Define your risk before you invest in debt mutual funds

Debt mutual funds have been in the news for the past six months and there seems to be no respite here.

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By Raj Mehta

Debt mutual funds have been in the news for the past six months and there seems to be no respite here. With the exposure to Essel group companies, many funds having exposure to them will find it difficult to repay the investors in full. We have seen this happening with exposures to multiple companies in the past like Ballarpur Industries, Amtek Auto, Jindal Steel & Power and more recently with IL&FS.

Usually, there is a clause in the lending agreement which states that if the value of the collateral security falls below a certain level, then either lenders have a right to sell the shares or force the borrower to pledge some more shares. Neither of this happened in the case of Essel group companies as the mutual funds had come to an agreement with the promoters that they will not sell their shares till 30th September 2019. The question which comes to mind here is the fiduciary duty of the mutual funds towards the investors and whether they should have honored the terms of the lending agreement.


The primary issue that I would like to highlight here is the risk in debt investing. Most of the investors/distributors & advisors selling it to end investors consider debt investments as risk free and compare it with bank fixed deposits or saving schemes of the government.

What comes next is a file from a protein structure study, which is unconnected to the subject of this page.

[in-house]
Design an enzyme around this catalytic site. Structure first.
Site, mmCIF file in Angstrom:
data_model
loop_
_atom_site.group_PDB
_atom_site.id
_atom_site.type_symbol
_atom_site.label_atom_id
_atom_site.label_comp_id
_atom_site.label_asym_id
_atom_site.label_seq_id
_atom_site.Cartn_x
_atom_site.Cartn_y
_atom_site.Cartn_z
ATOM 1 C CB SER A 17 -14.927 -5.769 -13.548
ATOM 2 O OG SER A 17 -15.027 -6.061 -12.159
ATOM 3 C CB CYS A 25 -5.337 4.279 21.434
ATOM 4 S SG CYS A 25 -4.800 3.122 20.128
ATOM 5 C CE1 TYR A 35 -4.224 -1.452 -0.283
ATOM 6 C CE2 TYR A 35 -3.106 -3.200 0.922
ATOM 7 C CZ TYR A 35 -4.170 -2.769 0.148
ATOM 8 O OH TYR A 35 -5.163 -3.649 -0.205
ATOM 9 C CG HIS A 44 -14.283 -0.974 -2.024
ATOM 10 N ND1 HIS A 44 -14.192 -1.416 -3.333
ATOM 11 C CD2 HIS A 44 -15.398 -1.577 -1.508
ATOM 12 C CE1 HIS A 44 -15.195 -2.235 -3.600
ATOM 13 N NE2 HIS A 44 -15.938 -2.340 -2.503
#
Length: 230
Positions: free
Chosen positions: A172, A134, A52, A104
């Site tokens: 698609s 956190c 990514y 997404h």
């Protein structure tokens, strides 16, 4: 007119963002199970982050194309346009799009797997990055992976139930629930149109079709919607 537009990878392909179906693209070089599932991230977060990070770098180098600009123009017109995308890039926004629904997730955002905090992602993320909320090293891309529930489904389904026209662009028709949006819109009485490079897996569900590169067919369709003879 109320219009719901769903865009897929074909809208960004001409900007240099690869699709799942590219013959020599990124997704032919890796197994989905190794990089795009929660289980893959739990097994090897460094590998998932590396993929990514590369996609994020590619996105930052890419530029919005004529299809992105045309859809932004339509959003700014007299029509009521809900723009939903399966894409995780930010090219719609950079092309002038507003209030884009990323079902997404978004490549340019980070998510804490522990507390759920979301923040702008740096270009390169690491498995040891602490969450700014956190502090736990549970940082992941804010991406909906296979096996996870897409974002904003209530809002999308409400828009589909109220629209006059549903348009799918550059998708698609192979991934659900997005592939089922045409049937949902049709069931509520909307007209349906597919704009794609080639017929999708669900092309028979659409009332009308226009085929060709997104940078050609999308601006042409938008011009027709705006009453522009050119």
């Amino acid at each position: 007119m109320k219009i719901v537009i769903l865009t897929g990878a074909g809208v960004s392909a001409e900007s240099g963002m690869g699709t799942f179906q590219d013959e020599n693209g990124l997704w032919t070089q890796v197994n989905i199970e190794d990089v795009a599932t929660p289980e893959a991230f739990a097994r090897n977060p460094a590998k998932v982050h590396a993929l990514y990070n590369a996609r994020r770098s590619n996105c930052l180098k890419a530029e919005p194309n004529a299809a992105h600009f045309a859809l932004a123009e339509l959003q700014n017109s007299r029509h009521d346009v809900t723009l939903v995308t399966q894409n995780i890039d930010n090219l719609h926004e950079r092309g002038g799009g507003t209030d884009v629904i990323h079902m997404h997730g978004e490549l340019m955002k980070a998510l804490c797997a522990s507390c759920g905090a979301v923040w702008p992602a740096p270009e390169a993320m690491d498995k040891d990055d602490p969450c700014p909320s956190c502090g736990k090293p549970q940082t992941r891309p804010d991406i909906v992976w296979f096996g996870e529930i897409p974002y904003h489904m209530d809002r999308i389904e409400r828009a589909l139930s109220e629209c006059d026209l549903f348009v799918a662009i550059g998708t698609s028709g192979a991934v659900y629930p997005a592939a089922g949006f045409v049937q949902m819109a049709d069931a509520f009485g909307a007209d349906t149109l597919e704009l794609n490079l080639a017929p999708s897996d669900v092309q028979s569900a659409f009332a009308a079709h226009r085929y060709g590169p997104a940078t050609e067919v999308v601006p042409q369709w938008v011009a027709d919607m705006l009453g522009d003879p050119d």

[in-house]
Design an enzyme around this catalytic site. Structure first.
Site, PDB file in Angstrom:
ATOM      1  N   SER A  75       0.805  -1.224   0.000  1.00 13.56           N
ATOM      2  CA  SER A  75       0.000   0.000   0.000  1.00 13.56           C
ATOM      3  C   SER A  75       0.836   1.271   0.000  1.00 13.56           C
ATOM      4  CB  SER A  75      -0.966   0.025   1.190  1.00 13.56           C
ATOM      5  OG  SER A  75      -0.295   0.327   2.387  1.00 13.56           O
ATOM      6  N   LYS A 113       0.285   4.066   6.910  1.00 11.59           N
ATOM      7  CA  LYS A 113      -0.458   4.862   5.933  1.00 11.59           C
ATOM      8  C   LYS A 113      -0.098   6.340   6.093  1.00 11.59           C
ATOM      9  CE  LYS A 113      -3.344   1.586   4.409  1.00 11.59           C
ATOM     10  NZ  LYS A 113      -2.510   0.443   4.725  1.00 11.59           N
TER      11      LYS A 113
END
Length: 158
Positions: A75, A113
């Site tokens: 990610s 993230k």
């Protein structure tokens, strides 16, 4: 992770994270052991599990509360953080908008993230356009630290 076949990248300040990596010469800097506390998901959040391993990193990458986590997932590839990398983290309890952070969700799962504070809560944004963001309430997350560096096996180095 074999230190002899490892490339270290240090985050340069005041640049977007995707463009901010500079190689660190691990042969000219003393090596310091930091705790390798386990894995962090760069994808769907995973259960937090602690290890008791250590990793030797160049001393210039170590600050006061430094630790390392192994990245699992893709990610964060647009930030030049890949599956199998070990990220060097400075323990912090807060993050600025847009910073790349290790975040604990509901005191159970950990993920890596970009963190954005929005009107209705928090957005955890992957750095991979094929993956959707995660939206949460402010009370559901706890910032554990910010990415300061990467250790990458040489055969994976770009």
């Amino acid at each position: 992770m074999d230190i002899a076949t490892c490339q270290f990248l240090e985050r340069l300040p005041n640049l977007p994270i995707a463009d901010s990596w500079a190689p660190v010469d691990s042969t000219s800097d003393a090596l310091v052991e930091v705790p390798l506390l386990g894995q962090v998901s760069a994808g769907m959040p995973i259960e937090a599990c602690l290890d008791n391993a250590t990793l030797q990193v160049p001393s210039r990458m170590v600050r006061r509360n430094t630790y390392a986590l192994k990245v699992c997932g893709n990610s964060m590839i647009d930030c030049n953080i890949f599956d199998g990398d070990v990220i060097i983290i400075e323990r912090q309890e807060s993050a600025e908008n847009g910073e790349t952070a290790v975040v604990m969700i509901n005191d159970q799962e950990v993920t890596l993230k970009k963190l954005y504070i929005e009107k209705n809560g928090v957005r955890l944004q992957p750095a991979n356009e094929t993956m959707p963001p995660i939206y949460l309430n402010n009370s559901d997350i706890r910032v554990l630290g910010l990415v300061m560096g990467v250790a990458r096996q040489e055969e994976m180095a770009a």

Taking credit risks in some of the debt fund categories is absolutely fine at the mutual fund level and some of the corporates might default but then the risks should be clearly defined and communicated to the investors. Just like banks will have some NPA’s, the mutual funds will also have some investments in corporates which will default or defer the repayment. The portfolio allocation also needs to be looked at in detail. Large exposures to a particular corporate group could be more riskier and it is better to have a very well diversified portfolio in credit funds across many corporates.

If the primary goal of the investor is preservation of capital and earning a reasonable return on it, then the overnight and liquid fund categories should be his investment universe. If the investor wants an extra return of 100-150 bps compared to bank fixed deposits or liquid funds, then they should be willing to take the credit risks associated with credit risk funds.

(The author is fund manager, PPFAS Mutual Fund.)
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(Disclaimer: The opinions expressed in this column are that of the writer. The facts and opinions expressed here do not reflect the views of www.economictimes.com.)
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